Starting or Strengthening a Drug Bulletin - A Practical Manual
(2005; 165 pages) View the PDF document
Table of Contents
View the documentPreface
View the documentHow the manual was produced
View the documentAbout ISDB
View the documentExecutive summary
Open this folder and view contents1. Introduction
Open this folder and view contents2. Rational use of medicines
Open this folder and view contents3. What are drug bulletins?
Open this folder and view contents4. Defining aims, target and type of bulletin
Open this folder and view contents5. Planning resources
Open this folder and view contents6. Planning bulletin production: schedules and timing
Open this folder and view contents7. The editorial process
Open this folder and view contents8. Reviewing a new drug: is it a therapeutic advance?
Open this folder and view contentsAnnexe to Chapter 8: Evaluating harm
Open this folder and view contents9. Design and production
Open this folder and view contents10. Dissemination
Close this folder11. Organizational and legal issues
View the document11.1 Introduction
View the document11.2 Why does a drug bulletin need a structure?
Close this folder11.3 Different kind of structures
View the document11.3.1 An association
View the document11.3.2 A foundation
View the document11.3.3 Other legal entities
View the document11.3.4 A bulletin within another organization
View the document11.4 How to deal with legal action
Open this folder and view contents11.5 Copyright
View the document11.6 Further reading
Open this folder and view contents12. Evaluating quality and usefulness
Open this folder and view contents13. Partnership and collaboration
Open this folder and view contents14. Keeping records and creating a memory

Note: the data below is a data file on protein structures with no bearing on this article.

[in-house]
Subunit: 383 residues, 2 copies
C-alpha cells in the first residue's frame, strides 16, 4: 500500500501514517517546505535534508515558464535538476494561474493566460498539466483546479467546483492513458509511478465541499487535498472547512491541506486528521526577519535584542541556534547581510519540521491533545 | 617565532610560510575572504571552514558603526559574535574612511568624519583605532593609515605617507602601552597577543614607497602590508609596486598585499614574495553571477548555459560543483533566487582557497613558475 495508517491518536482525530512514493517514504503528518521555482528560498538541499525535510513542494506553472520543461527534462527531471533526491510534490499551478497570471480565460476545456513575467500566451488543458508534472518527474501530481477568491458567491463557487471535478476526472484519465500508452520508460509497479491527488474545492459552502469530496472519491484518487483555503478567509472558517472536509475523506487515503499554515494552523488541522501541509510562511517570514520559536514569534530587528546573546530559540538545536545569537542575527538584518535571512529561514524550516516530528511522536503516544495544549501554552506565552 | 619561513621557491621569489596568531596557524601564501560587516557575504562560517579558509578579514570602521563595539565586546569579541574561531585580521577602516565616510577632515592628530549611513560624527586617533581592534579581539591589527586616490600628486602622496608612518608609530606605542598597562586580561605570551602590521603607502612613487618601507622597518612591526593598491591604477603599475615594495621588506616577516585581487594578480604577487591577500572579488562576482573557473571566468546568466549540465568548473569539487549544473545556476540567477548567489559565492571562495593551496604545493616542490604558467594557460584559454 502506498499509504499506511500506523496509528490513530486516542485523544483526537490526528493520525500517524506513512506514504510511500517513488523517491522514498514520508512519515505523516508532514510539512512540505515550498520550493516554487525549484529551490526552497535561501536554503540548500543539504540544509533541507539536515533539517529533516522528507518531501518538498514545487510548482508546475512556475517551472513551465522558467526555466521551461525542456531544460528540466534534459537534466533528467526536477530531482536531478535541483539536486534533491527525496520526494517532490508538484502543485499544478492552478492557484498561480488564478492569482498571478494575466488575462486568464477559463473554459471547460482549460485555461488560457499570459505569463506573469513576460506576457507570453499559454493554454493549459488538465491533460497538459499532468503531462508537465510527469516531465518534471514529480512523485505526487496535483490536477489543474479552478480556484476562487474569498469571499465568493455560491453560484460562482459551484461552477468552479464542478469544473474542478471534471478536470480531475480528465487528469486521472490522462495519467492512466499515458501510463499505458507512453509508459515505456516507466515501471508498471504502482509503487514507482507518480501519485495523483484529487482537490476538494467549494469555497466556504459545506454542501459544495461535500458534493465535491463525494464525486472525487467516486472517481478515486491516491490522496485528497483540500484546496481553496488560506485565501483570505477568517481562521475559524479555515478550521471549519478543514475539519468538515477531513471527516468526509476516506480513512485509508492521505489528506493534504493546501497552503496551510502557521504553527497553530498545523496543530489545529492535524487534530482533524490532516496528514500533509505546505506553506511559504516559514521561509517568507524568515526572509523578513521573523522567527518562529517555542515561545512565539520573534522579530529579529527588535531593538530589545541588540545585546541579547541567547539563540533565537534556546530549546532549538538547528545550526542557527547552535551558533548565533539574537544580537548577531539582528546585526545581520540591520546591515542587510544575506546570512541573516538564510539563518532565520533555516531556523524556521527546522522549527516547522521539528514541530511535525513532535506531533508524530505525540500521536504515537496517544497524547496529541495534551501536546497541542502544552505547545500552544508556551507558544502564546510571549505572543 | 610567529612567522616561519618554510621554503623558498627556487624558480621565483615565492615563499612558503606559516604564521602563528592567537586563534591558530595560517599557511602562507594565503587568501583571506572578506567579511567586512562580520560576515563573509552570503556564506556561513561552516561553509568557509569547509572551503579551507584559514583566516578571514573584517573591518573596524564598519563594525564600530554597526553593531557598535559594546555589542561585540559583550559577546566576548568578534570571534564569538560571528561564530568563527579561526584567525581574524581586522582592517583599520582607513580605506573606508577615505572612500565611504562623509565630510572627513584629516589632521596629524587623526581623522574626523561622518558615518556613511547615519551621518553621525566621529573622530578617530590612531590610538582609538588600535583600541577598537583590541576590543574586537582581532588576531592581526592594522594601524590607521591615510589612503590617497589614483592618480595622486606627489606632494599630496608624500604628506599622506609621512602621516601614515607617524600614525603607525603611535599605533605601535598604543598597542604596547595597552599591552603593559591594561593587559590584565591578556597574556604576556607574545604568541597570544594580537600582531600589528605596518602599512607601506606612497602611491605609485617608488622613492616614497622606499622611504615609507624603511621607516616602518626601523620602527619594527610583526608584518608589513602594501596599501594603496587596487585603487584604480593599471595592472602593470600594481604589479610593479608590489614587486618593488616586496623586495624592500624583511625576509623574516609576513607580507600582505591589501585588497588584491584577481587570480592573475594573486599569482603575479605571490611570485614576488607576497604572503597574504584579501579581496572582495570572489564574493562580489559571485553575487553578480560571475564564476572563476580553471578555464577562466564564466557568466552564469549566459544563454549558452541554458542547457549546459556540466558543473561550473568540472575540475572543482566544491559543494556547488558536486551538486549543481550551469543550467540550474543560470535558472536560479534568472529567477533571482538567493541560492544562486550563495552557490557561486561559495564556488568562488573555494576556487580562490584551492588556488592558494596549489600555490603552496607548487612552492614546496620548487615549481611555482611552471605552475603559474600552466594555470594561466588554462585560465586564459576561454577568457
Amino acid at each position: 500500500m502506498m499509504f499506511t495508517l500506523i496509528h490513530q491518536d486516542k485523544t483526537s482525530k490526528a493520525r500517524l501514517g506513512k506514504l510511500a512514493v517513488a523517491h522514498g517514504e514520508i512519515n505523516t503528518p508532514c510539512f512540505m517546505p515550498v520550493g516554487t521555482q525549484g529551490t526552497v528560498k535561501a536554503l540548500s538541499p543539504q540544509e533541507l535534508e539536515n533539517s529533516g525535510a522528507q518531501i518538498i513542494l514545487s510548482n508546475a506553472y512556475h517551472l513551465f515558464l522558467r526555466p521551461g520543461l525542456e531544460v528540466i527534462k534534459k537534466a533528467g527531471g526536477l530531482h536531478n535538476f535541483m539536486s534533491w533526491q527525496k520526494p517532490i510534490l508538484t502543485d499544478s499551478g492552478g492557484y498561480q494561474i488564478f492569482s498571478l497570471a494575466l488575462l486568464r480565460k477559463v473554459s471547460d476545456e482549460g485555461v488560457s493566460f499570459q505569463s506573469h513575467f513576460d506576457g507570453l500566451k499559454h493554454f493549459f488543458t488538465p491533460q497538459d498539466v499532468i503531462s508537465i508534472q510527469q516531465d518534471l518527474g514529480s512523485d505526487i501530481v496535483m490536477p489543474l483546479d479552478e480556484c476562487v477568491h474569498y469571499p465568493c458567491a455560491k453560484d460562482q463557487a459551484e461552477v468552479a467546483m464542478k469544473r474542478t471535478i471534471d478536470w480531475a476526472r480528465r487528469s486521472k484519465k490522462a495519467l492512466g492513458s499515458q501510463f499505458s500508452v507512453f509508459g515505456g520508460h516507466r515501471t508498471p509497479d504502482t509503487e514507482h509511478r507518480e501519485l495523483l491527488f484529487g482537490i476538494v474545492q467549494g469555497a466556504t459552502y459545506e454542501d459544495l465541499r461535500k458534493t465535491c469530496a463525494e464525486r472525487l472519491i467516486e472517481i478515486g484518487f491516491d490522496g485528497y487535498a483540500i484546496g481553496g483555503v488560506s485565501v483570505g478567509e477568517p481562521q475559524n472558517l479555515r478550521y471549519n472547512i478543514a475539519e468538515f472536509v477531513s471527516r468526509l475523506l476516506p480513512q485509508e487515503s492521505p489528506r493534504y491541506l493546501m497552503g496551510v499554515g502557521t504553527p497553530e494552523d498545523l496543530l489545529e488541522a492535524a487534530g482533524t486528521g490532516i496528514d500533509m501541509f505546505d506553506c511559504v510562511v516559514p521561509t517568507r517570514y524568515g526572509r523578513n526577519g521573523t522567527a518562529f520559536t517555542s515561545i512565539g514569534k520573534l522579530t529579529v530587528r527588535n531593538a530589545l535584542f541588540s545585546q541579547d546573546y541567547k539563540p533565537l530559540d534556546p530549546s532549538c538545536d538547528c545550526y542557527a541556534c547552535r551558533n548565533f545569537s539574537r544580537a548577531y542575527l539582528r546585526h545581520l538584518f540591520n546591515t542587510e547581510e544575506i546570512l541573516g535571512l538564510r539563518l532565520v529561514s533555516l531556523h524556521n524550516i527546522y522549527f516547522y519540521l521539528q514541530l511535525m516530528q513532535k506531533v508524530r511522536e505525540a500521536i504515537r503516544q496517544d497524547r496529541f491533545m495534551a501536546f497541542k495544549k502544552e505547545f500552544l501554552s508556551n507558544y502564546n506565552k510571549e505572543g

Open this folder and view contentsAppendix: Electronic sources of information

11.3.1 An association

An association is a membership organization. It aims to achieve its goal through collaboration. The members therefore play an important role. An association usually has two governing bodies: the general assembly (a regular meeting of the membership), and a board. The general assembly elects the board and the board appoints the staff. The governing rules of the association state the name of the organization, the aims, the obligations of members, how meetings are called and how board members are appointed and dismissed. An association needs to have membership meetings and ways to communicate regularly with members. This may be more cumbersome to manage than an organizational structure without membership meetings, such as a foundation (see below). The advantage of an association may be that more people feel committed to the goals and dissemination of the bulletin. Membership demands organizational time and effort but in return members provide support and cooperation. A membership structure may also encourage the involvement of people who are in a position to help promote the bulletin. For example, a bulletin with members from all regions of a country may obtain national recognition. Membership of an association may be unlimited or may be restricted to certain groups.

Generally, one major benefit of unincorporated associations is the lack of strict organizational, reporting and registration requirements normally imposed on non-profit corporations. Formal documentation and organizational requirements, in addition to possibly helping the organization apply for tax-exemption status, may also help to refine and focus the goals of the organization itself. In many countries, including the USA, the main differences between an unincorporated association and a non-profit corporation are that the members of an unincorporated association can be held directly liable if someone were to sue the association, and it is problematic for unincorporated associations to have paid employees. In UK law associations are the loosest legal form. But associations as such have no legal personality in their own right. Legal form is given through the governing rules of the association. Legal liability, however, rests with the members individually and collectively, (thus any transactions, such as property purchases, are the responsibility of all the members).

In Switzerland, association members can also be held personally responsible if the association has debts that it cannot pay. However, it is possible to limit the risk for members by limiting their responsibility in the association's statutes. It may also be possible to take out a company style “legal liability” insurance policy. A legal expert from the country concerned should always be consulted.

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